) has suggested that Latinas, especially those with low acculturation, have difficulty understanding and processing information related to their breast cancer provided in the medical care setting. The evidence on QOL in Latina BCS survivors suggests that Latinas face special challenges navigating the US health care system not only based on language, but also on other contextual factors such as financial and insurance barriers, low acculturation and communication problems, immigration status, lack of significant social support, unemployment, lack of transportation, and lack of childcare. These are shown to be correlates of poorer health outcomes in disadvantaged ethnic minorities (Ashing-Giwa, 2006
; Ashing-Giwa, 2005
; Janz et al., 2009
; Lopez-Class, Gomez-Duarte, Graves, & Ashing-Giwa, 2011; Lopez-Class, Perret-Gentil, et al., 2011
; Yanez, Thompson, & Stanton, 2011
Findings should be interpreted within the limitations and strengths of this pilot study. First, this was a mentored research funded grant with no additional funds for research personnel and as a result the principal investigator was responsible for all aspects of study procedures, including subject accrual, obtaining informed consent, intervention implementation and follow-up for both the experimental and attention control groups. Secondly, the sample consisted of Latina BCS receiving care at a NCI designated cancer center in southern California and may not be representative of a national sample of other Latina breast cancer survivors. The majority of the subjects were of Mexican ancestry. Also there was a diversity of ages and levels of education consequently results may not generalize to other Latina breast cancer survivor subgroups. Although the majority of the sample was monolingual in Spanish, the majority of the women had lived in the US an average of 25.5 years consequently the experiences of these participants may differ from recent Latina immigrants. The relatively small sample limits interpretability and generalizability. Despite these limitations, this pilot study provides notable and important findings on the feasibility of a linguistically and culturally sensitive intervention. These findings can inform further development and testing.
The findings from this pilot study suggest that Latina patients with breast cancer experience many QOL concerns and provide preliminary insight into the impact of a tailored bilingual education intervention on the QOL of Latina breast cancer survivors. Our study adds to the limited body of existing literature of Latina women living with breast cancer and offers some key directions for guiding the development of culturally and linguistically tailored QOL interventions. Results suggest that this understudied cancer population has multiple QOL and survivorship issues and concerns that might put them at risk for poor QOL and adjusting to survivorship, especially when compared to Non-Latina White breast cancer survivors. There is a need to provide breast cancer survivors with information, support and resources to assist them in managing their symptoms and other QOL issues beyond the immediate treatment period and into survivorship.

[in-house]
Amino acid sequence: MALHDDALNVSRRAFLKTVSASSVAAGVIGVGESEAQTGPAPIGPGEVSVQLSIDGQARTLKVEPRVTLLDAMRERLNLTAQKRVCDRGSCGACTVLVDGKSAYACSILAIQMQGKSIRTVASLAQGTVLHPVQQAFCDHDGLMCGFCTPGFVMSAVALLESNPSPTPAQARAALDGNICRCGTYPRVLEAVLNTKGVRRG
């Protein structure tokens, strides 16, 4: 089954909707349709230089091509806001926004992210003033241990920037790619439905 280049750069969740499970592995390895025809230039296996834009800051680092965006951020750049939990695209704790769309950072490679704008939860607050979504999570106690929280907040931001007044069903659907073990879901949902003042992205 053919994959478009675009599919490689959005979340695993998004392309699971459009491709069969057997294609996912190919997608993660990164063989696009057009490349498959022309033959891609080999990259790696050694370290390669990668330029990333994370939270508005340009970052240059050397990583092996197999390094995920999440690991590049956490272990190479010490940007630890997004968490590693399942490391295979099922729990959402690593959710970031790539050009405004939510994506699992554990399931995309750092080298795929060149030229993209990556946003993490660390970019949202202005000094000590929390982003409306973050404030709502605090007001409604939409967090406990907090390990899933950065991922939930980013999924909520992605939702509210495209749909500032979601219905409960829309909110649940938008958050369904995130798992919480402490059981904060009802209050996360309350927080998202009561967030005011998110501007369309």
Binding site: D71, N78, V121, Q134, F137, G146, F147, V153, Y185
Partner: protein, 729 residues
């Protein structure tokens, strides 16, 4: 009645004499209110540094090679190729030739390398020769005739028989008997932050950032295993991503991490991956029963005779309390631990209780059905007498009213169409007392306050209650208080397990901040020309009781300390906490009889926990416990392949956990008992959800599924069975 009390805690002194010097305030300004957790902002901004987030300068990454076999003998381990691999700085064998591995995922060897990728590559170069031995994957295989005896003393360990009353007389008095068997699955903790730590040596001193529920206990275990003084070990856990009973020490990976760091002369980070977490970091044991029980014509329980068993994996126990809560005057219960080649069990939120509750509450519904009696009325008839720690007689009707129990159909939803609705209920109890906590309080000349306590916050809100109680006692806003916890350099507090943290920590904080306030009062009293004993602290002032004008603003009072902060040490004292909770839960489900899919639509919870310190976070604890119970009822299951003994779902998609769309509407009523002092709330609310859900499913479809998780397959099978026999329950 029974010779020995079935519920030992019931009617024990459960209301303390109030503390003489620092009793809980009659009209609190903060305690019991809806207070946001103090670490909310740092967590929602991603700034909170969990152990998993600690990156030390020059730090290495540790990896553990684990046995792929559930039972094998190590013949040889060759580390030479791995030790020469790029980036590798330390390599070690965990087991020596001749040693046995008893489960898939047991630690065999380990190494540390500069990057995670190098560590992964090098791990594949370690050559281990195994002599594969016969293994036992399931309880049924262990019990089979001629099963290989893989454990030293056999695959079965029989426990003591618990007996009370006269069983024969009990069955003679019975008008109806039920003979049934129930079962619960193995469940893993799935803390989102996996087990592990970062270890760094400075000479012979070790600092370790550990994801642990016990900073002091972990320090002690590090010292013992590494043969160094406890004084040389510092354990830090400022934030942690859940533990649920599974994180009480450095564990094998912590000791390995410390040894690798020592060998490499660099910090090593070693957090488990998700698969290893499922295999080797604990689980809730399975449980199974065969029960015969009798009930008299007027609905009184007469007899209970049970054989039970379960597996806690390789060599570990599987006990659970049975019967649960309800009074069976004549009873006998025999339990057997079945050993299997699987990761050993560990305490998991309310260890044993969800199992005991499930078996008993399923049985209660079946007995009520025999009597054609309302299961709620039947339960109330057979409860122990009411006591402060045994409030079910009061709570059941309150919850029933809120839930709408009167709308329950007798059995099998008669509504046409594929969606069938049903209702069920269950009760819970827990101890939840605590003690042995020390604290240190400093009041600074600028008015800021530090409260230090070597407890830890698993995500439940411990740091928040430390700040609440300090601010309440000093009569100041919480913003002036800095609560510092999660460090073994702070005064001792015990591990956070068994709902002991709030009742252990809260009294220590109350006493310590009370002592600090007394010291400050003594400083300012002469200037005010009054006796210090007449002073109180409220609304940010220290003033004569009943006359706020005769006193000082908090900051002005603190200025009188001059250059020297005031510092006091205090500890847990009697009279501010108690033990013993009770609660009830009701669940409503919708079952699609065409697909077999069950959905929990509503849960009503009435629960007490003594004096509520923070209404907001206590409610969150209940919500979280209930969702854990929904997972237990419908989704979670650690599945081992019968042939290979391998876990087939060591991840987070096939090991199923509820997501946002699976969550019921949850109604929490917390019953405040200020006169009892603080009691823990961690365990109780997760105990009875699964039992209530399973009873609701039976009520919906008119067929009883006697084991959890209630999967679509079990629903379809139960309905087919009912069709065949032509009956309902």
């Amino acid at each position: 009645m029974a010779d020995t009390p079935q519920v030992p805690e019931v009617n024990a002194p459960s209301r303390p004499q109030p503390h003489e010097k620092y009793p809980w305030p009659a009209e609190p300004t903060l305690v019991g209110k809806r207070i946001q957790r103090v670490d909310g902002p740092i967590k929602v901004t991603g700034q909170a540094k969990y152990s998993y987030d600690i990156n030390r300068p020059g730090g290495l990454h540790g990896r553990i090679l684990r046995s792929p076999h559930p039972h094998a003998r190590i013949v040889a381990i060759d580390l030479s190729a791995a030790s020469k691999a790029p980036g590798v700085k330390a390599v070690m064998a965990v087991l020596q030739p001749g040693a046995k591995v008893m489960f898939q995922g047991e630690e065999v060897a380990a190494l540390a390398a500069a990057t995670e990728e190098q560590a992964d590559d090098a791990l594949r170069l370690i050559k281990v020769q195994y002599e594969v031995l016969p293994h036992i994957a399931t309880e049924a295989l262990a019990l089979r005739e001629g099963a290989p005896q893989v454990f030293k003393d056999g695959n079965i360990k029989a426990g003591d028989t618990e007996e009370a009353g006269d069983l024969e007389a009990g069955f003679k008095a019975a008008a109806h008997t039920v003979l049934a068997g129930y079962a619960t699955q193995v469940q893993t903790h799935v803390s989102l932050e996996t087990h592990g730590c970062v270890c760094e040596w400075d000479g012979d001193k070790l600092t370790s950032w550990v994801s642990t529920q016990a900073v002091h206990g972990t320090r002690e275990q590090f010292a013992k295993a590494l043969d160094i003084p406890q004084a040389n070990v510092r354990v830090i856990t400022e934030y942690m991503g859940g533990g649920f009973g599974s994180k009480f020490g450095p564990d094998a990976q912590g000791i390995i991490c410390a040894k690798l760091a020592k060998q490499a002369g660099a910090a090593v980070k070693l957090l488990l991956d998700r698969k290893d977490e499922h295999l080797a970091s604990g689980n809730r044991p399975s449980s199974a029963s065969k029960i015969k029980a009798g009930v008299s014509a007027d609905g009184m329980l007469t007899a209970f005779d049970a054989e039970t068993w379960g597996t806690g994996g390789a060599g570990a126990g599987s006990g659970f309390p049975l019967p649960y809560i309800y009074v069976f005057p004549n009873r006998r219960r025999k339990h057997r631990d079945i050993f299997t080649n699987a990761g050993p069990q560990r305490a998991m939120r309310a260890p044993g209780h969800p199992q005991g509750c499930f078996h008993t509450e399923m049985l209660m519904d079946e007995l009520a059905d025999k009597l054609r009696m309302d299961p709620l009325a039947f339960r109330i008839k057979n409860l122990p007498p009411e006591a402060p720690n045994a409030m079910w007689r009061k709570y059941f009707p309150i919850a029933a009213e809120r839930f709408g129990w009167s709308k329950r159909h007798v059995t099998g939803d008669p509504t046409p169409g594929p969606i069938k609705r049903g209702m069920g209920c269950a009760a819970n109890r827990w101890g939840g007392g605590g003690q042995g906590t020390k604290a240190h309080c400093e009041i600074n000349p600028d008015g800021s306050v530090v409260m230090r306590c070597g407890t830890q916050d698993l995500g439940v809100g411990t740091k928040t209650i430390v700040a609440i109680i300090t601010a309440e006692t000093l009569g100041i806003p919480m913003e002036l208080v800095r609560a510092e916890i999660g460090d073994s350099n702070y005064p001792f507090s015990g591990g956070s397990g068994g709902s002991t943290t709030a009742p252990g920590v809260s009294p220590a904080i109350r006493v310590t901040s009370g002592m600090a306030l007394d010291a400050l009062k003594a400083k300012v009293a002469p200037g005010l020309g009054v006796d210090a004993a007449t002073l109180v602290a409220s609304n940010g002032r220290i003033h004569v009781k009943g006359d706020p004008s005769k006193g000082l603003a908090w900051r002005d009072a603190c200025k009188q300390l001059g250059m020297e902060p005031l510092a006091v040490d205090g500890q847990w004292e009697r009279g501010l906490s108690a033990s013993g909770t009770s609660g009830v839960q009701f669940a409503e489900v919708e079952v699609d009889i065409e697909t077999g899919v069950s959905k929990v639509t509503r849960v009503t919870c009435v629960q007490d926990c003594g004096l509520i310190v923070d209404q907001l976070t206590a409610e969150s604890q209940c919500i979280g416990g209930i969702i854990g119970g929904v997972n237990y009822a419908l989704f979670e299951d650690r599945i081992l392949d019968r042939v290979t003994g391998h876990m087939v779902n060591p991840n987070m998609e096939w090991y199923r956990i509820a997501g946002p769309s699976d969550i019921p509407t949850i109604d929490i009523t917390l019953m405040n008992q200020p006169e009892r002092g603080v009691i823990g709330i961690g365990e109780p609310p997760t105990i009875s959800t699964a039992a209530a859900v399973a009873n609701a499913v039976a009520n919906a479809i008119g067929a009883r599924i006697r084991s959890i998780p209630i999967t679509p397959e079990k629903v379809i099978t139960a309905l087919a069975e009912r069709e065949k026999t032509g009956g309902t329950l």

Implications for Nursing Practice
Latina breast cancer survivors are likely to benefit from bilingual interventions that can potentially help improve quality of life. More studies are needed to determine the efficacy of linguistically and culturally tailored interventions to improve QOL in post-treatment survivorship for this population. Non-English speaking and low acculturated Latinas are more vulnerable to poor QOL, increased distress and may benefit from bilingual education interventions that consider core cultural values and beliefs. There is evidence to indicate that Spanish monolingual or limited English speaking Latinas would like to receive cancer education in their native language (Janz et al., 2008
) that is congruent with their cultural beliefs and values. Studies have indicated that patients have more difficulty communicating and understanding written and verbal information given by their health care provider (Fatone, Moadel, Foley, Fleming, & Jandorf, 2007
). This pilot randomized clinical study broadens our understanding of the experience of Latina breast cancer survivors and contributes to the limited body of knowledge of interventional research in this understudied population. Results demonstrate that patients can be accrued, will fill out the questionnaires and participate in an intervention. More culturally congruent intervention research is needed to help improve health outcomes of Latina breast cancer survivors. Future studies should aim to test the intervention among larger samples with the statistical power to test for interaction among key variables. There is need to do more inquiry with the teaching materials to revise the intervention to it make stronger. There are tremendous cultural differences regarding communication styles, decision-making preferences, adherence to treatment, use of rituals and willingness to adopt surveillance and health maintenance behaviors post-cancer treatment among ethnic groups. Attention to these differences by health care practitioners is a necessary component of the delivery of culturally congruent healthcare in a diverse society. Breast cancer survivors need and deserve all the knowledge and tools available in their preferred language to improve quality of life, transition into survivorship, decrease burden and reduce or eliminate health disparities.